Thursday, February 22, 2007
Tuesday, February 20, 2007
Saturday, February 17, 2007
Wednesday, February 07, 2007
One winter in the early 1970s I read a book called Hand-Taming Wild Birds at the Feeder, by Alfred G. Martin. I was living alone in the country during the week, with lots of time on my hands to devote to this project. It seemed like an impossible undertaking. But the author said if you followed his instructions (which involved patience and cold hands) you would succeed. He was right. Of course, a chickadee was the first brave bird to eat out of my hand. It wasn't long before many others, including whole flocks of evening grosbeaks, followed suit.
I would go outside and call, "Come get your seed!" in a high voice, and they would land on my arms, my shoulders, my head. I think the biggest surprise (and thrill) was when a flock of migrating redpolls landed on me. They were just passing through, but apparently decided the resident birds knew what they were doing, and as a feeding station, I was okay.
I'm so sorry I can't do this at my present home. I didn't get started when we first moved here (I was busy being pregnant and raising toddlers), and now my Raynaud's is so bad that standing outside with a bare hand is out of the question. I'll never forget the feeling of little bird feet, though. Little bird feet and little bird trust.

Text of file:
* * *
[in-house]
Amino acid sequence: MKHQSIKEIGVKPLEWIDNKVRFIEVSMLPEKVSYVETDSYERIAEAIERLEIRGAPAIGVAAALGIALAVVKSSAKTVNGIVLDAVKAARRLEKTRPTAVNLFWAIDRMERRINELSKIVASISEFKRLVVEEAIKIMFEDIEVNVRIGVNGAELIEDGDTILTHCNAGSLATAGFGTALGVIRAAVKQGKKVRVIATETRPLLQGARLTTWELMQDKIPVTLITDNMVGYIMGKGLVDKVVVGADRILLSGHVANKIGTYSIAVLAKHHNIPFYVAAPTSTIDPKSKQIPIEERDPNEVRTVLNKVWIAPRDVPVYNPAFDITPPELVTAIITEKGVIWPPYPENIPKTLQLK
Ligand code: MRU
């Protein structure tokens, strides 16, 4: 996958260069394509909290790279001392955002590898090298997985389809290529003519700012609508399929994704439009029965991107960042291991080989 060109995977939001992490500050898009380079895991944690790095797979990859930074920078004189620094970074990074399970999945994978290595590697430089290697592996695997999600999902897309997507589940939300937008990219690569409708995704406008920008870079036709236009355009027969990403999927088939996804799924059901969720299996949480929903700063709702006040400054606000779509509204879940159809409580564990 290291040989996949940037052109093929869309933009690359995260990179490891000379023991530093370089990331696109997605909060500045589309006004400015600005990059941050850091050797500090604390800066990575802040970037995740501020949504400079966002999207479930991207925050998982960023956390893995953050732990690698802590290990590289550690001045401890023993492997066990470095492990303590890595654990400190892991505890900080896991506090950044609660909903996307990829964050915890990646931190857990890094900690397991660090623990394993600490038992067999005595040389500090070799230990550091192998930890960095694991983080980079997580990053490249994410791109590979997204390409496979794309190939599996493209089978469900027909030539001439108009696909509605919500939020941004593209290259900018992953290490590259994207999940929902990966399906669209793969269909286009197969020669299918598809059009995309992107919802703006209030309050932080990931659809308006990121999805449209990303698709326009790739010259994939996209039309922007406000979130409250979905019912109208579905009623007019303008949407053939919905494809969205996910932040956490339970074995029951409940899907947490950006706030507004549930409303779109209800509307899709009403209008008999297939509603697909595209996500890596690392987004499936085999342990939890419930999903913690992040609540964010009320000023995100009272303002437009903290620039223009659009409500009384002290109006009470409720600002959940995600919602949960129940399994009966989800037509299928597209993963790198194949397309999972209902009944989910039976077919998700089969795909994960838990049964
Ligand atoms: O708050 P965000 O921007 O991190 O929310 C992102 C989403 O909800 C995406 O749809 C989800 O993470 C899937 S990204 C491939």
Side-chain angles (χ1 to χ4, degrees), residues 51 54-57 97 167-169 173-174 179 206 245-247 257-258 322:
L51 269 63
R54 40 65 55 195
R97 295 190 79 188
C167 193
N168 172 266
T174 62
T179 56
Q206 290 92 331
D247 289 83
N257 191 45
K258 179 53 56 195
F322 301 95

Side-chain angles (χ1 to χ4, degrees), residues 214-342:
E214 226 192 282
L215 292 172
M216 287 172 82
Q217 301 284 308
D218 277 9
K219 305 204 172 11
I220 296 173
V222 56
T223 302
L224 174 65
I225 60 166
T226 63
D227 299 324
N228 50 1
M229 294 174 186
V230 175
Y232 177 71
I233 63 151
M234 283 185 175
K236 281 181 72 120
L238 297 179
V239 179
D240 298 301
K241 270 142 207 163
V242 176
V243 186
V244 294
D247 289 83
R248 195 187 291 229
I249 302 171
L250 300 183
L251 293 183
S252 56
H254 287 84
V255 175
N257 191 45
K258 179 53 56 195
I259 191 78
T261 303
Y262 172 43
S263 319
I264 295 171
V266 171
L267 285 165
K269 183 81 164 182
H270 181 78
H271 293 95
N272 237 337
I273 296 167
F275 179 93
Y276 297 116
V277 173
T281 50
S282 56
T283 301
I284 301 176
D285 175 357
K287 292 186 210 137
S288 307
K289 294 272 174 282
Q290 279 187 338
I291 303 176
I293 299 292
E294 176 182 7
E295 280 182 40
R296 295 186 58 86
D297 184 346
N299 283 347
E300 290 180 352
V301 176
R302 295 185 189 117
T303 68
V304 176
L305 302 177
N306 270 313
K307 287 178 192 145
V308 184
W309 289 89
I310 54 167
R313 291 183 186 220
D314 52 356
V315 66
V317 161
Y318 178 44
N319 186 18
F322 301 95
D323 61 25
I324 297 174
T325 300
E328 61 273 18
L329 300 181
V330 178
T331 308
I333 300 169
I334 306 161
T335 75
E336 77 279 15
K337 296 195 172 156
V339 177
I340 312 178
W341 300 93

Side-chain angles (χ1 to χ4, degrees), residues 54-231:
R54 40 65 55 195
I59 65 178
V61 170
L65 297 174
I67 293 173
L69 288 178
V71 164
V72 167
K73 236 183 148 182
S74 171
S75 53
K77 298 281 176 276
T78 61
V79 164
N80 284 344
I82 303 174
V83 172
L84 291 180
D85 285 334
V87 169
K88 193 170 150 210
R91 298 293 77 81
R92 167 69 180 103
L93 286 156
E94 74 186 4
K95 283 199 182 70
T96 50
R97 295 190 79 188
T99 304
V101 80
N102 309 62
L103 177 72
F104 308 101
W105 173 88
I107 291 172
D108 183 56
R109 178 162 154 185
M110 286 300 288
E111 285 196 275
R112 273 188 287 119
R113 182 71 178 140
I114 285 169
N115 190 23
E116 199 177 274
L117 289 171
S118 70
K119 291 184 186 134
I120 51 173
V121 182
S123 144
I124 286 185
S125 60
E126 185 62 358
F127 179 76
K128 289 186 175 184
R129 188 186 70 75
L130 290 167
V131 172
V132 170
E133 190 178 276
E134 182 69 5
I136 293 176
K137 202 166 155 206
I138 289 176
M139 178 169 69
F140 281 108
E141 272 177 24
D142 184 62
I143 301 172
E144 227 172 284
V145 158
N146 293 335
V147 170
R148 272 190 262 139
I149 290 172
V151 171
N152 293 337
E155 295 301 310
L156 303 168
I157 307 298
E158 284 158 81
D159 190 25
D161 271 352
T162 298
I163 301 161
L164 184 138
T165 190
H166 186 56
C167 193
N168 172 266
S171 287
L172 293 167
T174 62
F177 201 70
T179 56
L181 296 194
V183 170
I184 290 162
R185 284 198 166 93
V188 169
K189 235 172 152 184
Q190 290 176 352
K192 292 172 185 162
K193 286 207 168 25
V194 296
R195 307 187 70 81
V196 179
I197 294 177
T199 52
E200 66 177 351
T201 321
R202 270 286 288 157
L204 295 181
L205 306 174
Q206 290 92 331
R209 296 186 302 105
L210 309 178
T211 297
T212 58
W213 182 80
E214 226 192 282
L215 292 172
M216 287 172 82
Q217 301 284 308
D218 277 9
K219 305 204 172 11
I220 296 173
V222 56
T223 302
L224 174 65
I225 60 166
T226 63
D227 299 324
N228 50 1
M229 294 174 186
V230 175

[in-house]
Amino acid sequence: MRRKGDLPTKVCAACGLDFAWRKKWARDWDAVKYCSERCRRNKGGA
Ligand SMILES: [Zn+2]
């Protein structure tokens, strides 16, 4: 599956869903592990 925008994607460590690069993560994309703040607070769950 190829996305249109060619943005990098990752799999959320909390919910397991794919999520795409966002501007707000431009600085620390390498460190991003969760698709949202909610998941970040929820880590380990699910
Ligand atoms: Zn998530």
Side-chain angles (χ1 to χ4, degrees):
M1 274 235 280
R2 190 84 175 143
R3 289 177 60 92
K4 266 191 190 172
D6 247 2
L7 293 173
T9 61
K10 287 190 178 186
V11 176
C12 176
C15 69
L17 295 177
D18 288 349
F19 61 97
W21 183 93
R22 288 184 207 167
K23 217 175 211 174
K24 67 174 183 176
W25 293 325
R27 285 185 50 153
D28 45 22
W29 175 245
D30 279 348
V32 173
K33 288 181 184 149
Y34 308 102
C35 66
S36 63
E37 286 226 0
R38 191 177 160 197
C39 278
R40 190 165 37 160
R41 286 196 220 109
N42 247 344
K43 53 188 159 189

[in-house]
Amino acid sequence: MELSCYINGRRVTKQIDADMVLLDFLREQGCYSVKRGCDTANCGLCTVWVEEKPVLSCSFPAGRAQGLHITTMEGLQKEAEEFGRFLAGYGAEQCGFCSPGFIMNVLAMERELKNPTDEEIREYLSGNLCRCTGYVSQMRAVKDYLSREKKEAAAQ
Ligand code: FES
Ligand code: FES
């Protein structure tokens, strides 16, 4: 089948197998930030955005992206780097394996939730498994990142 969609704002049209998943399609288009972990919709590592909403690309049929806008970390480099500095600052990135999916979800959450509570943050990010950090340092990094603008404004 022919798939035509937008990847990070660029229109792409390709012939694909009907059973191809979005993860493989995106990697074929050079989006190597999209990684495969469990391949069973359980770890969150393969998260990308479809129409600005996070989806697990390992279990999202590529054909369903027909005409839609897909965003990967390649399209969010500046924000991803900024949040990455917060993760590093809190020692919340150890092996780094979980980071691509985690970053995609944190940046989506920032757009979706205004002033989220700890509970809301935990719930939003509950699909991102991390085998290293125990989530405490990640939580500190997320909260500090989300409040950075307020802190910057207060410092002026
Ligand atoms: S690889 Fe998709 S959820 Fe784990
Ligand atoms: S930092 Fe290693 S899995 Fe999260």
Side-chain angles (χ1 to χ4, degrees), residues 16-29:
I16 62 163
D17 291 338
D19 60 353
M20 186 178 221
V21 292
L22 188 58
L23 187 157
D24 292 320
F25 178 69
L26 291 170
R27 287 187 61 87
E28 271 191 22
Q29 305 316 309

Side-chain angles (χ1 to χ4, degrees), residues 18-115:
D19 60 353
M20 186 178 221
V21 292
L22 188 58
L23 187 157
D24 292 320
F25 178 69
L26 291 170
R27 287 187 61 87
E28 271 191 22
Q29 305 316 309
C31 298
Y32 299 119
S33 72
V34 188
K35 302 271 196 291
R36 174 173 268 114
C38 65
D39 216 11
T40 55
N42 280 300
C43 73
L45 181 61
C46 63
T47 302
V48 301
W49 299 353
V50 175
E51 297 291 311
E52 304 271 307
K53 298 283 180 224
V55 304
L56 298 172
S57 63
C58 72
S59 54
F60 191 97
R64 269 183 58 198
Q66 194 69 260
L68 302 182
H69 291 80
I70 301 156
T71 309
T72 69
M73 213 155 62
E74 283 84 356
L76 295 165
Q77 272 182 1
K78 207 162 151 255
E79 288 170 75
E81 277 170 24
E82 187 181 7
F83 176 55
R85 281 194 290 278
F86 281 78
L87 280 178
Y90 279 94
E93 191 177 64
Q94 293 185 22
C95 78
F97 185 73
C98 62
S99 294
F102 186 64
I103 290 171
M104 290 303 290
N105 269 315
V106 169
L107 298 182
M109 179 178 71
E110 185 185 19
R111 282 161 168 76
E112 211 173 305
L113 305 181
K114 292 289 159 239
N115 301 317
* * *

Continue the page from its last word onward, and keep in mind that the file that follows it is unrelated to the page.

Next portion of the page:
Tuesday, February 06, 2007
"Wait a minute," I said. "That was the War of 1812. There was no War of 1512."
"Well," she said, "I'm sure some war was going on in 1512."
Ever since then--and it's been a few years now--whenever I mail something to Zannie I remember the War of 1512. Except I've never been very clear on who was at war. So I recently ran it past Google.
It turns out that in 1512 Russia invaded the Grand Duchy of Lithuania again. And the Battle of Ravenna, fought on April 11, 1512 by forces of the Holy League and France, was a major battle of the War of the League of Cambrai in the Italian Wars. And that is probably just the tip of the iceberg.
I found it hard to envision the forces of the Holy League (did they sport halos? habits? bibles?), so the next time I addressed an envelope to my daughter Tartar-eyed Russians charged into a quiet Lithuanian village, pale-skinned villagers scattering. I've always liked Russians, but these days I've been rooting for the Lithuanians, who seem to me to be the underdogs. I think it's time I looked up the rest of the story and learned how the war ended. In the case of war, at least, endings are better than beginnings.
Sunday, February 04, 2007
Problem is, she sent it to the wrong phone number. We have no idea who got the message on his or her cell. We can only hope it was taken to heart.
Saturday, February 03, 2007
Anyway, I was reminded of an experience I had in 2003: